“Why you gotta be so mean?” — as Taylor Swift would put it. Here I’m referring to Abercrombie & Fitch’s CEO, Mike Jeffries, and wonder how the man can sleep at night. It’s not like he’s on some edgy health campaign to support kids in their fight against obesity. Without having to read much into his own harsh words (below) and hiring practices, it’s clear that his regard for XL size wearing teens, for years, could be defined as degrading and Sneetchy.
“In every school there are the cool and popular kids, and then there are the not-so-cool kids,” “Candidly, we go after the cool kids. We go after the attractive all-American kid with a great attitude and a lot of friends. A lot of people don’t belong [in our clothes], and they can’t belong. Are we exclusionary? Absolutely.”
“That’s why we hire good-looking people in our stores. Because good-looking people attract other good-looking people, and we want to market to cool, good-looking people. – Mike Jeffries, Abercrombie & Fitch CEO
If this mentality sickens you…if you find Jeffries’ approach destructive toward kids and promoting shamefully shallow values, you may want to take some constructive action that sends a clear message to this only cool & sexy people allowed supremacist — including the effective tactic of boycotting his stores. By clicking on the photo below, you’ll be directed to a petition that urges him to change his credo against our non-washboard-bellied youth and make his clothing for teens in all sizes. Unless you happen to agree with this Jeffries statement: “I don’t want our core customers to see people who aren’t as hot as them wearing our clothing.” A&F sizes range from XS (extra small) to L (large) only.
I signed the petition. Regardless of his “apology” posted on Facebook on May 15, 2013 (below), the fact remains that talk is cheap. To transform a culture and make a credible effort to reverse the damage (he has clearly been inflicting for at least seven years), more than words are required:
Abercrombie & Fitch’s Facebook post – A note from Mike, our CEO:
I want to address some of my comments that have been circulating from a 2006 interview. While I believe this 7 year old, resurrected quote has been taken out of context, I sincerely regret that my choice of words was interpreted in a manner that has caused offense. A&F is an aspirational brand that, like most specialty apparel brands, targets its marketing at a particular segment of customers. However, we care about the broader communities in which we operate and are strongly committed to diversity and inclusion. We hire good people who share these values. We are completely opposed to any discrimination, bullying, derogatory characterizations or other anti-social behavior based on race, gender, body type or other individual characteristics.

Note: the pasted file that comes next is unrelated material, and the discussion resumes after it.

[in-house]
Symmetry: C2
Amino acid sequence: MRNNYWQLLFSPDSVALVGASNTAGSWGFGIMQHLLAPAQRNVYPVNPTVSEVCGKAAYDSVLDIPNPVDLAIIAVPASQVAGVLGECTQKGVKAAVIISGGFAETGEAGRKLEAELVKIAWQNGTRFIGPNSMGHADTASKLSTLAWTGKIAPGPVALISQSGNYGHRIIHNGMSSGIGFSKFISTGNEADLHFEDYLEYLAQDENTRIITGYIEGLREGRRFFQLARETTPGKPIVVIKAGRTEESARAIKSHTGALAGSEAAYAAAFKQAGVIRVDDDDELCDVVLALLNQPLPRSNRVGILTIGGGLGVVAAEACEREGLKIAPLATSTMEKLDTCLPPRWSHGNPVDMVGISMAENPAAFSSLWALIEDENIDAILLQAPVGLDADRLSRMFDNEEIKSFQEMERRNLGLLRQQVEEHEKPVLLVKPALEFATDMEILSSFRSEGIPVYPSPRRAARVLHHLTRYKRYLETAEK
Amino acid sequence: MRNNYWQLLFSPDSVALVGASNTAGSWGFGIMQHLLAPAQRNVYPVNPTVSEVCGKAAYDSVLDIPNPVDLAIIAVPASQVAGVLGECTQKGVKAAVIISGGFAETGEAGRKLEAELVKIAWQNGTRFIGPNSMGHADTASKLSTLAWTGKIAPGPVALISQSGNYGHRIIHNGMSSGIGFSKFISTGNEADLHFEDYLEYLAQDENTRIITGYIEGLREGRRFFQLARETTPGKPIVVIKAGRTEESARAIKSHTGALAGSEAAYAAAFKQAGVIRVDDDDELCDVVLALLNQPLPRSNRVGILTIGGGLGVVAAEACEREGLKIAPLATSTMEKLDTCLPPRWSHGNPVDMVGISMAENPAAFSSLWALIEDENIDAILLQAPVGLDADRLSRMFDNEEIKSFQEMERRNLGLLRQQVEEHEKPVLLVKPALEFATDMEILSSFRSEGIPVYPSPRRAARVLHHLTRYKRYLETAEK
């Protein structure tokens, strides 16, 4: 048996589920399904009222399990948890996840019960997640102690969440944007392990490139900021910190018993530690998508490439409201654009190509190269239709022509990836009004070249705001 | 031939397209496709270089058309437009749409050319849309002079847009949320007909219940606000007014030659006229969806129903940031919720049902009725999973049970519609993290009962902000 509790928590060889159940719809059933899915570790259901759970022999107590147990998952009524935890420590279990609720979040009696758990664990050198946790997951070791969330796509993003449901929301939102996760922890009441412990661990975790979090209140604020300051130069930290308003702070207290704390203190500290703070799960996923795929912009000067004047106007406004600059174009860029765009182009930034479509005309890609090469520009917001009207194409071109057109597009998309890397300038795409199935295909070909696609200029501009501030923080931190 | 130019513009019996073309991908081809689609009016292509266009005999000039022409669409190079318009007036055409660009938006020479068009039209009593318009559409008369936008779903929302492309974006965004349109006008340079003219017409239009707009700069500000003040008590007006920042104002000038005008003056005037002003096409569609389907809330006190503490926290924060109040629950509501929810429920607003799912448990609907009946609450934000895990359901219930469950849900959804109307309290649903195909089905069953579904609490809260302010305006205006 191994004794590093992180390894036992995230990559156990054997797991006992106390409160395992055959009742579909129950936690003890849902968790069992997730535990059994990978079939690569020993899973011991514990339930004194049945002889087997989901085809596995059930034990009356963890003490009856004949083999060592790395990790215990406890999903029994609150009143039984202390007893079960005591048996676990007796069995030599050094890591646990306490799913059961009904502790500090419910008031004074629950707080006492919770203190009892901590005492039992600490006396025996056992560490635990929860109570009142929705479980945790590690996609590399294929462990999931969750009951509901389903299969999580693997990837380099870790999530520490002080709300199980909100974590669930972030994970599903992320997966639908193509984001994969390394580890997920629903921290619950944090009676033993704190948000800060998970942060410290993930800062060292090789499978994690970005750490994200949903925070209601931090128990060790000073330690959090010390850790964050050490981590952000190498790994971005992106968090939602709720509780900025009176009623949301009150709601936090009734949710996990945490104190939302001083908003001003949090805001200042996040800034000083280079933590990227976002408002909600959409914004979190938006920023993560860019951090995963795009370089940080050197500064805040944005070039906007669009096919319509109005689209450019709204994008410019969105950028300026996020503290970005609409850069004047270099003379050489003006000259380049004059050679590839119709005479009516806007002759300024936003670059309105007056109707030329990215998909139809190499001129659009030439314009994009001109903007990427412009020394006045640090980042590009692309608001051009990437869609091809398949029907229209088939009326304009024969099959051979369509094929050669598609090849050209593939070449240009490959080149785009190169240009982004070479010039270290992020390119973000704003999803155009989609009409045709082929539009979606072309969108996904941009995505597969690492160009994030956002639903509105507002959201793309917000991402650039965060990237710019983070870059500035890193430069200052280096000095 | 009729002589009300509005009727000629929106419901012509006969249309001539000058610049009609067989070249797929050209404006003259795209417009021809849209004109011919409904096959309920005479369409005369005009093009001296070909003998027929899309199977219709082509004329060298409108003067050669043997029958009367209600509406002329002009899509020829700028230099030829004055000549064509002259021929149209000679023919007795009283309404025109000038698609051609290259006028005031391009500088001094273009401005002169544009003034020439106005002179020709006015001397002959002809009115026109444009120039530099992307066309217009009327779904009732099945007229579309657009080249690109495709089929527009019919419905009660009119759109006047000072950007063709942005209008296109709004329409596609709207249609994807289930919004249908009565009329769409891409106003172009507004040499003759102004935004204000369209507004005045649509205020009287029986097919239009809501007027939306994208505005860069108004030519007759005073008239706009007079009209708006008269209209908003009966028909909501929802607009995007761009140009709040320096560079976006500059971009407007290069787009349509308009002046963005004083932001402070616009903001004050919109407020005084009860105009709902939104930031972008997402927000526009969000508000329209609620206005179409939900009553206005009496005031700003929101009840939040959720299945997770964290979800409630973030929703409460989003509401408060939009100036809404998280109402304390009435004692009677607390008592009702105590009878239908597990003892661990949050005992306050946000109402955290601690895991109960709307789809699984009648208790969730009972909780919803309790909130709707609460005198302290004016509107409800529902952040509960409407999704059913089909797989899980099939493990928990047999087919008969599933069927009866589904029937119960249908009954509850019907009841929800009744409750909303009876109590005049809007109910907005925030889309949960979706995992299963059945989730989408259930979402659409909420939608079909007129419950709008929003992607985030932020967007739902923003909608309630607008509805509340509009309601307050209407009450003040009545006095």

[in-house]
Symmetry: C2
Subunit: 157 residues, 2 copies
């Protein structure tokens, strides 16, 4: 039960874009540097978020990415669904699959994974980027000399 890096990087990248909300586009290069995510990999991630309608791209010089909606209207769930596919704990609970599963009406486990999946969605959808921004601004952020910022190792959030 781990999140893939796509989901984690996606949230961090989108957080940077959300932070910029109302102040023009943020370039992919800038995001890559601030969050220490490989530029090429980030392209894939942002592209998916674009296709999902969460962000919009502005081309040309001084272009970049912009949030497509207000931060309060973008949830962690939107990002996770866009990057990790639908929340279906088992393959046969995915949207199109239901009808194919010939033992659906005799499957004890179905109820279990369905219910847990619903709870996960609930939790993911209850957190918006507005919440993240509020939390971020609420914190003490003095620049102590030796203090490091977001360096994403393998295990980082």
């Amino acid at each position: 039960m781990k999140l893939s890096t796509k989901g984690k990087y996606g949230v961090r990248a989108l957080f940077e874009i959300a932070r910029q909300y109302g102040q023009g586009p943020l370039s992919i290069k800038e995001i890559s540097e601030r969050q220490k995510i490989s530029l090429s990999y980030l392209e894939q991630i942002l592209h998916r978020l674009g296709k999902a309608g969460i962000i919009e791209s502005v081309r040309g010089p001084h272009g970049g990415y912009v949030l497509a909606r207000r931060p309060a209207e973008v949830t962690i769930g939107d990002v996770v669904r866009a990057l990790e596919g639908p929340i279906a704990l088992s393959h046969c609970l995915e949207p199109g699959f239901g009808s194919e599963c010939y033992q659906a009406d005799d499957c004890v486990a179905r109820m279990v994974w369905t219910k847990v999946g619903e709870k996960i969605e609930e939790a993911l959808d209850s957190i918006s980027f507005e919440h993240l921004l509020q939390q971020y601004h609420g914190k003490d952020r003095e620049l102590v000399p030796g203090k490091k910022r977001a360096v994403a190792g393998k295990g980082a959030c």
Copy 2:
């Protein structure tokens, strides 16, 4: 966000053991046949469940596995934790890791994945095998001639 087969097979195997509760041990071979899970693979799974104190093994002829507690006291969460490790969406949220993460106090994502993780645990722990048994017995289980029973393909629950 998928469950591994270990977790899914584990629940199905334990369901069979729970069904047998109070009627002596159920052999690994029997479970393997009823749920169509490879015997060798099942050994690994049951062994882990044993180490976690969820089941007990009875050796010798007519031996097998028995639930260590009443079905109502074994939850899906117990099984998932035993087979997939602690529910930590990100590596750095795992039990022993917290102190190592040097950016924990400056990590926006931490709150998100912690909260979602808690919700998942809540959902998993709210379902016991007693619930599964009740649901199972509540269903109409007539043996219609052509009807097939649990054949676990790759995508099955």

If Jeffries were serious about being “strongly committed to diversity and inclusion,” if he really cares about “the broader communities,” it would already be evident in A&F’s clothing sizes and the inclusion of plus sized people working at their stores and as models in their ad campaigns. Jeffries needs to abolish A&F’s discriminatory practices of hiring only the people he would consider “hot.” This kind of marketing and management breakdown has nothing to do with targeting a specific consumer group. There’s no legal or moral harm in simply doing that. The Victoria’s Secret brand focuses on the sexy female consumer and their sizes range from XS to XL. I haven’t seen any XL angels on their commercials but I have certainly been helped by very curvy sales people at their stores. I’m not saying they have a flawless marketing and business model either, but they are not in the same league with Jeffries.
The A&F debacle is about lack of conscience combined with the very ugly, exclusionary hiring principles that Jeffries’ words instituted; the demoralizing prejudice that’s been encouraged by employing only physically cut and attractive hot people; and how that has wronged all American teens. Ever read The Sneetches by Dr. Seuss? There’s a big lesson it for you Mr. Jeffries. Yours is not a message of healthy self esteem and bodies. It’s a message filled with divisive evils and effectively promotes discrimination, bullying, derogatory characterizations or other anti-social behavior directed right at our youth. That is not cool and does not make the world a better place. The generation of teens you’ve demeaned and written-off deserves much more than an apology from you. If you would like to respond to this, Mike Jeffries, please feel free to comment here or contact me for an interview.
You’re gonna catch a cold from the ice inside your soul. – Christina Perri.